This discussion of recognition centers on the question of whether Somaliland, Taiwan’s newest ally in Africa possesses the indicia of statehood.
The 1933 Montevideo Convention on the rights and duties of states provides the classic definition of a state. Under said Convention, Somaliland holds all the cards to be considered a state.
Recognition is one of the central elements of a consensual international order.
As a tool of international relations, recognition has played a critical part in the history of colonization by providing an exclusionary mechanism for European States.
In contemporary international law, however, the role of recognition is much less significant, and is pertinent only insofar as it allows a people to internationalize their claims.
Traditionally, two theories of recognition exist.
Under the constitutive theory, new states derive their existence in accordance with the will of those already established so a state becomes an international body only through recognition.
The declaratory theory on the other hand is that once a state satisfies the criteria of statehood it becomes a subject of international law, and recognition merely serves as a political act of no legal significance.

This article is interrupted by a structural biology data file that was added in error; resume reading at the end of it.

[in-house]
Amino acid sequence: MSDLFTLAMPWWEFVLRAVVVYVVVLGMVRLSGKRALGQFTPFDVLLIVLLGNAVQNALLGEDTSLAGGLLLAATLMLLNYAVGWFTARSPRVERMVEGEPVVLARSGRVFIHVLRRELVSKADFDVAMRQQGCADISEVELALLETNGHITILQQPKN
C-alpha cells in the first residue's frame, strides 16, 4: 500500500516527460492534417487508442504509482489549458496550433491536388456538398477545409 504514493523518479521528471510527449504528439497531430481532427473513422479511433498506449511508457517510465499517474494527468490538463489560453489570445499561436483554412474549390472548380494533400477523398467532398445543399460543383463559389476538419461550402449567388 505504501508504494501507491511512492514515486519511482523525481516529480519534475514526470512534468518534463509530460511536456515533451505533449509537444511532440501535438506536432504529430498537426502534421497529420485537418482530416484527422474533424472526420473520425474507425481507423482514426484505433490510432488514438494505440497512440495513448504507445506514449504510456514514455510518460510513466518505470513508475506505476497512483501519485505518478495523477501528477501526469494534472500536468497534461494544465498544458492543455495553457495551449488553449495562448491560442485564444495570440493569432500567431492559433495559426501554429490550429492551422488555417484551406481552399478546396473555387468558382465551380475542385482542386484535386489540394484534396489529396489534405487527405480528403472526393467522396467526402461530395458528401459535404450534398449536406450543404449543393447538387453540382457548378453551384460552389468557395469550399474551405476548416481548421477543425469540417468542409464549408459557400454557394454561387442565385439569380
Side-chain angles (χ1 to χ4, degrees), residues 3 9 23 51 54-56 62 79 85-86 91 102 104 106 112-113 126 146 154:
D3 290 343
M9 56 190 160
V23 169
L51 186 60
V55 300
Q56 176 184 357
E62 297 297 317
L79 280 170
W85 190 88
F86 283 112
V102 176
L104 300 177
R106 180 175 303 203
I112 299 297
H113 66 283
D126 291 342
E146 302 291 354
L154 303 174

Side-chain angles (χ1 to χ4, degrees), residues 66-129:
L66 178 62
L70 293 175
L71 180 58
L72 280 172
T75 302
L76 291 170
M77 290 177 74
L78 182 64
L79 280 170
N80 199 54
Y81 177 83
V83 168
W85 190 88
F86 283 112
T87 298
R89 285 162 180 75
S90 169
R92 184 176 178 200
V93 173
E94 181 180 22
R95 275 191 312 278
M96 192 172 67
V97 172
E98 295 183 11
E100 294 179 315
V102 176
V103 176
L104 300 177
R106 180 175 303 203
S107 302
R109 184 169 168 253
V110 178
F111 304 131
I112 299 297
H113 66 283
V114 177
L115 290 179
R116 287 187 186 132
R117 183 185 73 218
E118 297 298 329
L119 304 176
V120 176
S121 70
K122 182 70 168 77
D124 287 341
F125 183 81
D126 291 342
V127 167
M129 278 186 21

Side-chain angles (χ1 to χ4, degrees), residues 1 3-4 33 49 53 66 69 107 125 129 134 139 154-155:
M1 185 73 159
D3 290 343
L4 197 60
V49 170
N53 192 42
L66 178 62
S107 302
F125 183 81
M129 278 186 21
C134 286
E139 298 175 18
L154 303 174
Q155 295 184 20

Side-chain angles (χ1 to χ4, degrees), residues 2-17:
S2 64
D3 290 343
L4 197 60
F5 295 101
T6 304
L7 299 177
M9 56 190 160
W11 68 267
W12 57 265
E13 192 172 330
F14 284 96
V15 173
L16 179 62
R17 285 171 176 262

The constitutive view as formulated suffers from several defects.
State practice seems to contradict the view that prior to recognition no legal body exists, and the constitutive view does not cope with the status and obligations of an unrecognized state.
The main weakness of the declaratory view is that it relegates the act of recognition to that of a mere act of political will and makes it superfluous.
Other variants of these theories exist.
Lauterpeacht suggested that once a state satisfies the criteria of statehood, a legal duty to recognize arises, but state practice does not evidence this duty. Nevertheless, as long as recognition remains discretionary, it remains outside the scope of law and, as a result the characterization of recognition as constitutive or declaratory lacks utility.
Nonetheless even though a duty to recognize may not exist, if an entity possesses attributes of statehood, other states may put themselves at risk if they fail to recognize the entity.
The birth of Somaliland inevitably resulted from a combination of a distinct colonial experience, extreme economic exploitation and human suffering.
The irredentist policies of Somalia and the systematic discrimination bordering on genocide alienated the Somaliland populations which never acceded to the Union in the first place.
The international community has a rare opportunity to bring peace and prosperity to the Horn of Africa, before the warlords and (former President) Farmajo of butchery (infamy) in Somlia wipe out the evanescent hopes of independence in Somaliland.
By a single act of recognition, the international community can end the sad sage of human suffering and enhance the prospects for peace in the region by putting an end to the Greater Somalia concept of ‘Somali Wayn’ while also enabling the people of Somaliland to reclaim their own future
Aniis A. Essa
Head of the Somaliland Advocacy Group
Washington DC, USA